A more radical idea, at least for Ontario, is to reform the Highway Traffic Act so that pedestrians have the right of way by default. Currently, pedestrians are only allowed to cross the street at specified places and circumstances, but Ward 4 Councillor Sam Merulla wants the Ontario Government to follow the lead of France, which passed a new law giving pedestrians the right of way in 2011.

The legislative framework that has restricted pedestrians was introduced in North America during the 1920s under heavy lobbying and propaganda from an auto industry that was eager to redesign public streets around the supremacy of the car.

In a matter of years, they managed to convince the public and lawmakers to focus on irresponsible pedestrians rather than dangerous drivers when someone was injured or killed.

New jaywalking laws overturned centuries of common law and forbade pedestrians from getting in the way of motor-cars. Instead of a legal obligation on the part of the most dangerous operators on the street to watch for the most vulnerable, these laws shifted the burden to pedestrians to stay out of the way.

We began to view the street through the "windshield perspective", a perspective that has persisted to this day. As a result, there is an inbuilt bias to blame the victim when a pedestrian is hit by an automobile. It is past time to confront that bias and change the way we think about our streets.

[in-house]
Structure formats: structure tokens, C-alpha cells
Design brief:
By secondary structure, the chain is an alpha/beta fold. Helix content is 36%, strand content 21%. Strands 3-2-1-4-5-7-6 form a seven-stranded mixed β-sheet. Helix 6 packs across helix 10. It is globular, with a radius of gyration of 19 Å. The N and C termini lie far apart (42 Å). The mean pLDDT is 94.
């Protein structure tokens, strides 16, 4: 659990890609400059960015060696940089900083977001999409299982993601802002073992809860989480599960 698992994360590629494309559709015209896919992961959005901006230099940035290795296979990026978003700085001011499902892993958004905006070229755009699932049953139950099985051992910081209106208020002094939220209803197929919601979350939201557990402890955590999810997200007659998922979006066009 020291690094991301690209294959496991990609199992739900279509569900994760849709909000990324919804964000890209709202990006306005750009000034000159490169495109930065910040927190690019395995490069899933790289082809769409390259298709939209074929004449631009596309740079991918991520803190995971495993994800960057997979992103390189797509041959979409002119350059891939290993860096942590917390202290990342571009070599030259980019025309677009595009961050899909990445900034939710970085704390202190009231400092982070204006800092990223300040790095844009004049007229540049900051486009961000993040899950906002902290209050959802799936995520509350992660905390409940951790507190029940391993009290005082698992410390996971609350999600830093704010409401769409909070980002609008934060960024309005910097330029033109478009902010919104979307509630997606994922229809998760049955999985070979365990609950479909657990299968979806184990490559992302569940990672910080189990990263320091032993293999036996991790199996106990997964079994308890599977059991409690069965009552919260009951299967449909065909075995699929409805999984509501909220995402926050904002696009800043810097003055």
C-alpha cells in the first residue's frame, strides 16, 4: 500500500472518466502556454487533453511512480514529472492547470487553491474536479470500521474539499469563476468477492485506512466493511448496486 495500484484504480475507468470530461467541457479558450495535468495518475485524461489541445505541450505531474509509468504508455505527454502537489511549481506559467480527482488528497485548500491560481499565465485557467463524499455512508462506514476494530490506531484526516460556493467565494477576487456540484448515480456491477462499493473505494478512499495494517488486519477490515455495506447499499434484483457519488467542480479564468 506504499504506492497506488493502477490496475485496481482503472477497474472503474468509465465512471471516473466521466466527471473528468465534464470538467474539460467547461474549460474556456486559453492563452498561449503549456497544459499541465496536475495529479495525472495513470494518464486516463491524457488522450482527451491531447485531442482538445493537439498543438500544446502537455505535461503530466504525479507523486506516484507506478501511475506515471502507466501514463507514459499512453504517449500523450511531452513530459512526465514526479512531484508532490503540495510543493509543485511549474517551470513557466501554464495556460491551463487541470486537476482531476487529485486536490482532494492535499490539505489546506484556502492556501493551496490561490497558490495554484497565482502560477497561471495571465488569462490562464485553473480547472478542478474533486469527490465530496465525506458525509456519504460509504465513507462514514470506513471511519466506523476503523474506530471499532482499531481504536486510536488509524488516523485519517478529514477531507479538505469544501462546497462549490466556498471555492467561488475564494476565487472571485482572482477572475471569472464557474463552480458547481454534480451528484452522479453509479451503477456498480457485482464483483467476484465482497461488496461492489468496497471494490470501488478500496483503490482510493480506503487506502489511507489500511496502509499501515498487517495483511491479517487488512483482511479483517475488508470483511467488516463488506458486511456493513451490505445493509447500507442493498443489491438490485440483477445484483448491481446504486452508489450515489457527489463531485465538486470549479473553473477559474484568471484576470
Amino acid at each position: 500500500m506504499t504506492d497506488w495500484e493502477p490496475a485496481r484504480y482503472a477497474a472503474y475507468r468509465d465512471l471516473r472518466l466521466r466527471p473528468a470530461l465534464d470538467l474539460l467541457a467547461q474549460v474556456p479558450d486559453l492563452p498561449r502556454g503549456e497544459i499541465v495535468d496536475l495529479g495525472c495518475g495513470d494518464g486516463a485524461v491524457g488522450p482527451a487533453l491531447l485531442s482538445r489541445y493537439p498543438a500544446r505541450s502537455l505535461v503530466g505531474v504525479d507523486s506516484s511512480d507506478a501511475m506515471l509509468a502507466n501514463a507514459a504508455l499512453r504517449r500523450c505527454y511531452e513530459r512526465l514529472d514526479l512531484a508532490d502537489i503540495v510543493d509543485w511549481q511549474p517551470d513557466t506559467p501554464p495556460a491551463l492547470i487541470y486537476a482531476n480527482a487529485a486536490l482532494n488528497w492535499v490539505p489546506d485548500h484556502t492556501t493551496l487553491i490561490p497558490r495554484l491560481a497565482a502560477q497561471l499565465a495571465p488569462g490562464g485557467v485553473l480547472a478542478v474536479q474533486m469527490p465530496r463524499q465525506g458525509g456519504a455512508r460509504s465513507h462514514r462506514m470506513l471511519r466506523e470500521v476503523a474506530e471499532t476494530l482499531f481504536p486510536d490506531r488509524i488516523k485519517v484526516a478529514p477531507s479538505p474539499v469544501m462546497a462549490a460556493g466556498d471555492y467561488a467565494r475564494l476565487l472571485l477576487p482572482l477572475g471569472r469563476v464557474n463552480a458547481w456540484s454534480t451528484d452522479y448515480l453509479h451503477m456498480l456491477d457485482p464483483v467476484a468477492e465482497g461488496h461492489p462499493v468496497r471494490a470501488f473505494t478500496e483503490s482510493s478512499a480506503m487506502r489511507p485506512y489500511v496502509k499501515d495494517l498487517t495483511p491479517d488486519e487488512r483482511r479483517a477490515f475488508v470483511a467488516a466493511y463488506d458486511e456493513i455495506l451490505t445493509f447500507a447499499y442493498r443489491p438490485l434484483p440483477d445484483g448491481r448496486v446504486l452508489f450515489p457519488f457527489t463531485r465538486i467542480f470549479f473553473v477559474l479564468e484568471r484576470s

Ryan McGreal, the editor of Raise the Hammer, lives in Hamilton with his family and works as a programmer, writer and consultant. Ryan volunteers with Hamilton Light Rail, a citizen group dedicated to bringing light rail transit to Hamilton. Ryan writes a city affairs column in Hamilton Magazine, and several of his articles have been published in the Hamilton Spectator. He also maintains a personal website and has been known to post passing thoughts on Twitter @RyanMcGreal. Recently, he took the plunge and finally joined Facebook.

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By mikeonthemountain (registered) | Posted February 12, 2014 at 14:07:44

The City is planning a pilot project to introduce "Courtesy Crossings", or uncontrolled crosswalks, in various locations.

See, even the low hanging fruit that could cheaply and quickly make a huge difference, is a cowardly and limited "pilot project". We don't get anything done. Just talk about things but never do them.

However, Stonechurch is one of the most tamed streets on the mountain. It is hard to imagine how this happened. One usual challenge of these stories is lack of detail. Commenters on this story don't actually know what happened. Did she slip and fall in front of the bus, did she step out abruptly and actually cause it, did the bus driver fail to show courtesy and safety as bus drivers are sometimes bullies too - the police and those involved will work that out, but we don't always find out.

How do we make it MORE painful for the city to do nothing rather than be proactive? And I'm not talking about outlawing walking, which in this idiocracy would probably be higher on the list of considerations than actual courtesy crossings.